WaPo: Inside Facebook’s Campaign to Battle Antitrust Lawsuits

WASHINGTON, DC - JULY 29: Facebook CEO Mark Zuckerberg testifies via video conference during an Antitrust, Commercial and Administrative Law Subcommittee hearing on "Online platforms and market power. Examining the dominance of Amazon, Facebook, Google and Apple" on Capitol Hill on July 29, 2020 in Washington, DC. (Photo by Graeme …
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In a recent article, the Washington Post has provided an insight into Facebook’s secretive campaign to battle recent antitrust lawsuits.

In a recent article titled “U.S. vs. Facebook: Inside the tech giant’s behind-the-scenes campaign to battle back antitrust lawsuits,” the Washington Post outlines tech giant Facebook’s attempts to fight back against recent antitrust lawsuits.

Breitbart News recently reported that antitrust lawsuits have been filed against Facebook by the federal government and 48 attorneys general. In the complaint, the 46 state officials and attorneys general from Guam and the District of Columbia write: “For almost a decade, Facebook has had monopoly power in the personal social networking market in the United States.” A similar claim was made in a filing by the FTC, which stated that Facebook “has maintained its monopoly position by buying up companies that present competitive threats and by imposing restrictive policies that unjustifiably hinder actual or potential rivals that Facebook does not or cannot acquire.”

The Washington Post has now outlined how Facebook has denied any wrongdoing and the tactics it’s expected to employ in upcoming legal battles. The Post writes:

Facebook had long disputed the claims. In an attempt to illustrate its commitment to competition, the company’s top lawyers signaled that they would be open to changing some of its business practices, according to three people familiar with the matter. One of the ideas Facebook floated would have allowed another firm or developer to license access to its powerful code — and its users’ intricate web of relationships — so that they could more easily create their own version of a social network, said the individuals, who spoke on the condition of anonymity to describe a nonpublic law-enforcement inquiry.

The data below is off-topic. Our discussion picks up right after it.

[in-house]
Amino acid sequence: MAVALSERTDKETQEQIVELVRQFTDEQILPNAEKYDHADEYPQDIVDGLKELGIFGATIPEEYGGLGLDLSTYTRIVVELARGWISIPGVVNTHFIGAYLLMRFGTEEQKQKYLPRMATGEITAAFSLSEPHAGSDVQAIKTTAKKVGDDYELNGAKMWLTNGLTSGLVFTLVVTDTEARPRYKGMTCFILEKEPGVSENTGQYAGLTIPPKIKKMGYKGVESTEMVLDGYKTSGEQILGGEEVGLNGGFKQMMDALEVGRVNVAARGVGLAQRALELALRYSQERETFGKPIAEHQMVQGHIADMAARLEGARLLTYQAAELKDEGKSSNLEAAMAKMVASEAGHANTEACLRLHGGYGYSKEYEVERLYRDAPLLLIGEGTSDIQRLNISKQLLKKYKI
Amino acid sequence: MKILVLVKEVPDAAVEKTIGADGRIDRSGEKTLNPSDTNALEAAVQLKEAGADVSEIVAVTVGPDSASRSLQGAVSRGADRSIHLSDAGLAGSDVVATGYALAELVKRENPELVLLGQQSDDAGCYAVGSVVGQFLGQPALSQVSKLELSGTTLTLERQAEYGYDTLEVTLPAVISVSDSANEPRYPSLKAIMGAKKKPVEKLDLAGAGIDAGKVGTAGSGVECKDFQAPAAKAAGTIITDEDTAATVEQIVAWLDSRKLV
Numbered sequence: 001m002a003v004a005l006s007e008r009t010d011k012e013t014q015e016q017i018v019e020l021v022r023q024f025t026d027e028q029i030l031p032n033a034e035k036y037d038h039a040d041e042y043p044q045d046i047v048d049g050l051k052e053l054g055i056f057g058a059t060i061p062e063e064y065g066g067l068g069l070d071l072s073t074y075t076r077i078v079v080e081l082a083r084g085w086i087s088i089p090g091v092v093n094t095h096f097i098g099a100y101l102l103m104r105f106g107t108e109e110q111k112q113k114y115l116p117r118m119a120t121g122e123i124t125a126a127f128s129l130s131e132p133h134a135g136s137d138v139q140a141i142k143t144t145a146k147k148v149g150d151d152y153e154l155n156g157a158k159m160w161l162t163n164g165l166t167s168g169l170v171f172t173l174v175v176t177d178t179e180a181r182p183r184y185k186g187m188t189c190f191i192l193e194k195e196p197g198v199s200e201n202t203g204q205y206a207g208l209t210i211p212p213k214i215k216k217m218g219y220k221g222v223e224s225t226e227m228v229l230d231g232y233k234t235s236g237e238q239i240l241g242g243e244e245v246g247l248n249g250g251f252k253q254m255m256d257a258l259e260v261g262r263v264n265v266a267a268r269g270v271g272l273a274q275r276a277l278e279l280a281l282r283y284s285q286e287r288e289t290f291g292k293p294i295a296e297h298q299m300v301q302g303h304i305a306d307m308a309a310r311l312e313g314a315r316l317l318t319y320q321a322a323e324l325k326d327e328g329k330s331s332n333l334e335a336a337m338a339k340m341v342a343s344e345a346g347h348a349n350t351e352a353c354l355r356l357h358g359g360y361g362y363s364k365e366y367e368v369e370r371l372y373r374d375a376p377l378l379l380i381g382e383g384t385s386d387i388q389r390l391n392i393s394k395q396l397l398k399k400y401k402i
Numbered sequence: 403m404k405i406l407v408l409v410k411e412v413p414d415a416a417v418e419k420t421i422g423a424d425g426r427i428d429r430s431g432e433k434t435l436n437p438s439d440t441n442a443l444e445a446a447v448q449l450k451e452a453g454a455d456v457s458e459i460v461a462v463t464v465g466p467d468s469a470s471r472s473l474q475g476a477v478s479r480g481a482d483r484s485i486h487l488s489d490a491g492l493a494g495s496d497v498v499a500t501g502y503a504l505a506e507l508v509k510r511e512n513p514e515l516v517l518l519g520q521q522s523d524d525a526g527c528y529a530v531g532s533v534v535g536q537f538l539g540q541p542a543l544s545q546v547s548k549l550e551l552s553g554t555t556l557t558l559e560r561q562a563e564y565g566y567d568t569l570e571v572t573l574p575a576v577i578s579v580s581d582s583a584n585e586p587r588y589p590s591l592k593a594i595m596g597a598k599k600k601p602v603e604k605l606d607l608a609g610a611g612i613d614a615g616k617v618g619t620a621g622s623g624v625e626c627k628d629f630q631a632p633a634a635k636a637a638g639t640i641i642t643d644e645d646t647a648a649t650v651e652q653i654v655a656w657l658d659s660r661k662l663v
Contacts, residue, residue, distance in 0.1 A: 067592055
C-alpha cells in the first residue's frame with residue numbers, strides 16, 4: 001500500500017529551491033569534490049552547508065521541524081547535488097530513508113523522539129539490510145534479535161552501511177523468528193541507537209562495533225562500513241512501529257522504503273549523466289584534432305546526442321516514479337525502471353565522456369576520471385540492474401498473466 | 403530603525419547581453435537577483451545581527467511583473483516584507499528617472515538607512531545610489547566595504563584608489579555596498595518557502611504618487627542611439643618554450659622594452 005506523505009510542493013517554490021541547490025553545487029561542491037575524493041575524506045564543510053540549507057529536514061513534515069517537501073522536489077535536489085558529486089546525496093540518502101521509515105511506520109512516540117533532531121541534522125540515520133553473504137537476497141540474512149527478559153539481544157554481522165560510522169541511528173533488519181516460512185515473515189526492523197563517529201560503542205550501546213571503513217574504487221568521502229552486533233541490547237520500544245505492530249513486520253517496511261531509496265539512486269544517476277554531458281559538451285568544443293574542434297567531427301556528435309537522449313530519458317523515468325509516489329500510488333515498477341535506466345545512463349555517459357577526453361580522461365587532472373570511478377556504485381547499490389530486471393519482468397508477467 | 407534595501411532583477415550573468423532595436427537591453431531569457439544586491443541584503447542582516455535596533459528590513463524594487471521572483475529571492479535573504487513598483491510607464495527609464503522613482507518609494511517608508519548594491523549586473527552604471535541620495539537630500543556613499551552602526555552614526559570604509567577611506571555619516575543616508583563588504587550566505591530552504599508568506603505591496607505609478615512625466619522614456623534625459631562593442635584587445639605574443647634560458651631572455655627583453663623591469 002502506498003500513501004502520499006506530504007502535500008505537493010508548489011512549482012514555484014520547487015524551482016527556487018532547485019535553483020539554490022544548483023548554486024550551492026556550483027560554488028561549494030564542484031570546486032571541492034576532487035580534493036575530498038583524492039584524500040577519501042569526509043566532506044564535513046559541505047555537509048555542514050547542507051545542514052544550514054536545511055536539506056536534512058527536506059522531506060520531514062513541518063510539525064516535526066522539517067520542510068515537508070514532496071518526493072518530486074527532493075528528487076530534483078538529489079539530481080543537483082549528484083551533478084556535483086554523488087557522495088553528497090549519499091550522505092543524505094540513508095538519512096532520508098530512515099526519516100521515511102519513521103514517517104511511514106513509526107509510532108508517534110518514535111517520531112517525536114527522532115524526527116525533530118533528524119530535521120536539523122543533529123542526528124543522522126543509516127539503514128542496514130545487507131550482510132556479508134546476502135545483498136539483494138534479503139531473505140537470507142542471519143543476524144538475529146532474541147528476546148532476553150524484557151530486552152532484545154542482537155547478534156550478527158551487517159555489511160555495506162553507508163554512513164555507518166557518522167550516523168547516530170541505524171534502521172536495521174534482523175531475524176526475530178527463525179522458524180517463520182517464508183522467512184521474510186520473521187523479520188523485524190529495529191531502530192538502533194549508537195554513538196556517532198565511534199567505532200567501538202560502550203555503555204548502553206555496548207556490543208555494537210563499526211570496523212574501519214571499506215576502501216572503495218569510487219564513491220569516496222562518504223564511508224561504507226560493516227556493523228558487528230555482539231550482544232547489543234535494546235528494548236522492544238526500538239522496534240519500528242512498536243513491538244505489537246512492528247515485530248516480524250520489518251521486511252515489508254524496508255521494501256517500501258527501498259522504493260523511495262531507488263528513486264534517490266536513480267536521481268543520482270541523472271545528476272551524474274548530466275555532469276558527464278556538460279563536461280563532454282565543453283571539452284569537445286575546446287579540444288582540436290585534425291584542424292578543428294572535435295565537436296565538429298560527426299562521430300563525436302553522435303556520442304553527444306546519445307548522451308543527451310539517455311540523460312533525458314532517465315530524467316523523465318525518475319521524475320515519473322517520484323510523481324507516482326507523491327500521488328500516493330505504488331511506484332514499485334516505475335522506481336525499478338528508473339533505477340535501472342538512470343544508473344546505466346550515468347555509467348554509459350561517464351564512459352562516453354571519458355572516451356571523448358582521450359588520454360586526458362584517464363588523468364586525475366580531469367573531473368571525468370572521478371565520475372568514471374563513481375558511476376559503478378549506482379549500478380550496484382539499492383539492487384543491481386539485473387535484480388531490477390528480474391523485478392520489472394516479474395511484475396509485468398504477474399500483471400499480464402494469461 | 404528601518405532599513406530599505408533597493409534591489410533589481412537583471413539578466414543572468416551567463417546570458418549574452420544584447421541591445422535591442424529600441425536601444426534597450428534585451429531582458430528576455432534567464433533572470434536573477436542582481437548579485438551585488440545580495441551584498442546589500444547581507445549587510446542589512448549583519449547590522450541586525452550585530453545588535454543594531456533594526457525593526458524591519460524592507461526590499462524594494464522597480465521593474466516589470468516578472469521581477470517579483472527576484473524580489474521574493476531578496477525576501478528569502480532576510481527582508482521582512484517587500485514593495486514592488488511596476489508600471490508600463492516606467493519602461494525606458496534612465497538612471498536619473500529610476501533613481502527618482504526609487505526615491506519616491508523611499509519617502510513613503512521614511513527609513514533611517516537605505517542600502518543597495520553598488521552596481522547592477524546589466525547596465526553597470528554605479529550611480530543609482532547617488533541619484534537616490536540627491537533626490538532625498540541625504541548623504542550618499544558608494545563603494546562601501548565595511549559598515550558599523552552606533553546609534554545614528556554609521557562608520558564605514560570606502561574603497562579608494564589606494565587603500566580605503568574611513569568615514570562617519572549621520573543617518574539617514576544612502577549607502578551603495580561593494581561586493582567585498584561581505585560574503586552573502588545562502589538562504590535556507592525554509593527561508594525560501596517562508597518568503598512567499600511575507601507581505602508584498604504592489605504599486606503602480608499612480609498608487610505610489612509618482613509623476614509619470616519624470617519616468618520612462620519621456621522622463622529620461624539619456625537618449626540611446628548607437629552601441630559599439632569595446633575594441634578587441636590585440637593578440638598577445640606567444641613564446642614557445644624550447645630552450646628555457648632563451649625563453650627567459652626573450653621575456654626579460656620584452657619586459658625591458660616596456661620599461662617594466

But the investigators ultimately rejected the idea, believing Facebook’s proposal — part of a vague early menu of remedies the tech giant presented this year — failed to fully address their competition concerns. In the end, the Federal Trade Commission and nearly every state’s attorney general, led by New York’s Letitia James, filed twin lawsuits this month that seek to break Facebook apart.

Facebook’s tense last-minute negotiations in the final days of the state and federal probes illustrate the urgency with which the company has sought to rebuff the government’s charges — and foreshadow the aggressive tactics it is expected to deploy in the fight to come. Over the more than 18-month inquiry, Facebook ramped up its lobbying, hired high-powered former government antitrust lawyers and launched a slew of internal initiatives focused on competition issues, according to a dozen individuals, who spoke on the condition of anonymity to discuss a matter in active litigation.

Read more at the Washington Post here.

Lucas Nolan is a reporter for Breitbart News covering issues of free speech and online censorship. Follow him on Twitter @LucasNolan or contact via secure email at the address lucasnolan@protonmail.com

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